Facebook is establishing a dual-class stock structure, a move that could help pave the way to an initial public offering in the future. The company gave no time-line for such an offering and instead said it will help give current shareholders more power to guide the long-term vision of the company.
The Wall Street Journal reported that Facebook is converting all current shareholders to Class B stock, which carries ten times the voting power of Class A stock. Those shares will remain Class B shares unless the owner sells them during an initial public offering, when they will turn into Class A shares. A dual-class structure could make the stock less attractive to investors because they have weaker voting powers. Google structured its offering in a similar way, with two classes of stock.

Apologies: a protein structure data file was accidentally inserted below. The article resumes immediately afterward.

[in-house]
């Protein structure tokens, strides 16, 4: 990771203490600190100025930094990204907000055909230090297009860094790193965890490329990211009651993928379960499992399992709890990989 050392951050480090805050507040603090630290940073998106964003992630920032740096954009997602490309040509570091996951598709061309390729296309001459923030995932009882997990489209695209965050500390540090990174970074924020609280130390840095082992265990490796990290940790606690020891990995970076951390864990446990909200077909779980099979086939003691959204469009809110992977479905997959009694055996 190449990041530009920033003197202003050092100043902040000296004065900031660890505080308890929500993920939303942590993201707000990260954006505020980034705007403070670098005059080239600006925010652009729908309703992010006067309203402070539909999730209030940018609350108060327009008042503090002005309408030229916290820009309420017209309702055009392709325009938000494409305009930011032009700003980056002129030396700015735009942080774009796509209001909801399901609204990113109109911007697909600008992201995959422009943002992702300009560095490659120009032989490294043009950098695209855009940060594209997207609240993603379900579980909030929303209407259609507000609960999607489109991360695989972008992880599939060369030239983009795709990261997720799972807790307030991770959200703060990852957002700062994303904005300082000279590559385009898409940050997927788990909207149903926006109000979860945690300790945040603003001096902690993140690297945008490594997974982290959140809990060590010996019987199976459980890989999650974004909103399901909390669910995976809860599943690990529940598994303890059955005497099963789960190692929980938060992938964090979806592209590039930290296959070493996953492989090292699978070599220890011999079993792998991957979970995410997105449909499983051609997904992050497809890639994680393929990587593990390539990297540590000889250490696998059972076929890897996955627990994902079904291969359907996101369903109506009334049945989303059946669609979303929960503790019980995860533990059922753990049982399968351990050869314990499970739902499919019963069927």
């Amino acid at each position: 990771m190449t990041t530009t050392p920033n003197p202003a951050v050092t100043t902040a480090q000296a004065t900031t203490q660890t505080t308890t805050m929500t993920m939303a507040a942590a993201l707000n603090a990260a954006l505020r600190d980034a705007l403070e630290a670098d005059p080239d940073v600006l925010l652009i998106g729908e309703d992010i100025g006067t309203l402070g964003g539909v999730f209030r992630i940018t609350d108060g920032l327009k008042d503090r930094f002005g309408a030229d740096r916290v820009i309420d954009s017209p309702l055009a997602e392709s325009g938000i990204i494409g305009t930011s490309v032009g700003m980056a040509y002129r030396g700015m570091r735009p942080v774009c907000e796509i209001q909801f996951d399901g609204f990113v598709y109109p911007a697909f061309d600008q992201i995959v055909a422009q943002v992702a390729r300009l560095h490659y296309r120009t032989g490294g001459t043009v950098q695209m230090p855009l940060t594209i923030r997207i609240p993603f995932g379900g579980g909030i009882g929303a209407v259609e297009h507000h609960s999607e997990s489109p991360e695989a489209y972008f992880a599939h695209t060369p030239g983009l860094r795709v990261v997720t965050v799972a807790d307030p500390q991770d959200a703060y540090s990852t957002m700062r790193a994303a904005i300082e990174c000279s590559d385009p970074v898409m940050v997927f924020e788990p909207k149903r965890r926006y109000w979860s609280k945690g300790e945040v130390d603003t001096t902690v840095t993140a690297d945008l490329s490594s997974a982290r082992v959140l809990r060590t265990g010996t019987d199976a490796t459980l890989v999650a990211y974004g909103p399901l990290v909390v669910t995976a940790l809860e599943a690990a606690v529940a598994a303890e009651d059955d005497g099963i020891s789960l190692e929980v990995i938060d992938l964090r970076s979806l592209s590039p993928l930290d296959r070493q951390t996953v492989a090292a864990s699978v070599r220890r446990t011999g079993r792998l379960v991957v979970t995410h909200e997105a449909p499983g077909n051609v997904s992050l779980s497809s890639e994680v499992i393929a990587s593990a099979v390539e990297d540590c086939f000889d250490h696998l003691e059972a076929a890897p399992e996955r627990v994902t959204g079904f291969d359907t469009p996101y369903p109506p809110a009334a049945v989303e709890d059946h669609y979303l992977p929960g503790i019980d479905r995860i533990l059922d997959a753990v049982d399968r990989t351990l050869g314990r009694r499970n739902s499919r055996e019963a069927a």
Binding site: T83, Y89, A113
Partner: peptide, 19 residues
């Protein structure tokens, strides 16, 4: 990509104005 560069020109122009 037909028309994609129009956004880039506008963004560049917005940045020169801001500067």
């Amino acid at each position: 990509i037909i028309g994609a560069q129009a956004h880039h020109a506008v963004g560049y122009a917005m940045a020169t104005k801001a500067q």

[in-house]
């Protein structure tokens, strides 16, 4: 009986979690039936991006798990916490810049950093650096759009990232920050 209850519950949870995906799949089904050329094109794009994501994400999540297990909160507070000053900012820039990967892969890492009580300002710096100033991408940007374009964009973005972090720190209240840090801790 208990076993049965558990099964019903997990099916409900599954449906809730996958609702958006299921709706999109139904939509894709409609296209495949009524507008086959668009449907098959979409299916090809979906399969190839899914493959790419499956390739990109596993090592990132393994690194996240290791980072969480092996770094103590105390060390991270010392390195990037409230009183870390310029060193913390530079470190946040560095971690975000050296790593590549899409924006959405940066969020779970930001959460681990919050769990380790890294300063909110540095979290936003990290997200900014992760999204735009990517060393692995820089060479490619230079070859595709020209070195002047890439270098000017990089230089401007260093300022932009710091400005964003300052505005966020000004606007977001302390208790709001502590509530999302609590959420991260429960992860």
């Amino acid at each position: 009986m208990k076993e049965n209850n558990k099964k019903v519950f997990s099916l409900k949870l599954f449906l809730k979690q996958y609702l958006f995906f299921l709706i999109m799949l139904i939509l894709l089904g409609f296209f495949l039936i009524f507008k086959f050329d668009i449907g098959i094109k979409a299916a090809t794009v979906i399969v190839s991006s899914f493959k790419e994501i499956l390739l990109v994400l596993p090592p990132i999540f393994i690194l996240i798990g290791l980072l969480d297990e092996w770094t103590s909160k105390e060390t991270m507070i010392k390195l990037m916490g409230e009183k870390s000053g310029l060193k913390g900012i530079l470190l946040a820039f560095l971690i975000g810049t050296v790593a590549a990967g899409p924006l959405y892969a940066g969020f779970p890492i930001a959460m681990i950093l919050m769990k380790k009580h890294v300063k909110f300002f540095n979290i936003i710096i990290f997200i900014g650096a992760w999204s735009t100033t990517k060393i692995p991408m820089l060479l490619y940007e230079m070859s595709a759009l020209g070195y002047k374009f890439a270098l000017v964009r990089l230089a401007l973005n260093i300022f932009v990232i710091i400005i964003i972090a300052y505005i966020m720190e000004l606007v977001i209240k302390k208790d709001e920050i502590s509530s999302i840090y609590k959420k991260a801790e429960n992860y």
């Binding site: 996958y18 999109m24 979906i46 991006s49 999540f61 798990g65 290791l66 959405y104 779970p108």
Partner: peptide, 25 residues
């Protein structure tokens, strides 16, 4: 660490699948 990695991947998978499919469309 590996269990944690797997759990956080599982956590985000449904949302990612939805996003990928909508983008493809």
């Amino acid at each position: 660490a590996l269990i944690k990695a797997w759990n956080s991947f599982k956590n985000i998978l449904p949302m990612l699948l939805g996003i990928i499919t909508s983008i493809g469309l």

A Facebook spokesperson gave this comment:
“Facebook is a private company so we don’t typically share details on stock-related matters. But we did introduce a dual class stock structure because existing shareholders wanted to maintain control over voting on certain issues to help ensure the company can continue to focus on the long-term to build a great business. This revision to the stock structure should not be construed as a signal the company is planning to go public. Facebook has no plans to go public at this time.”
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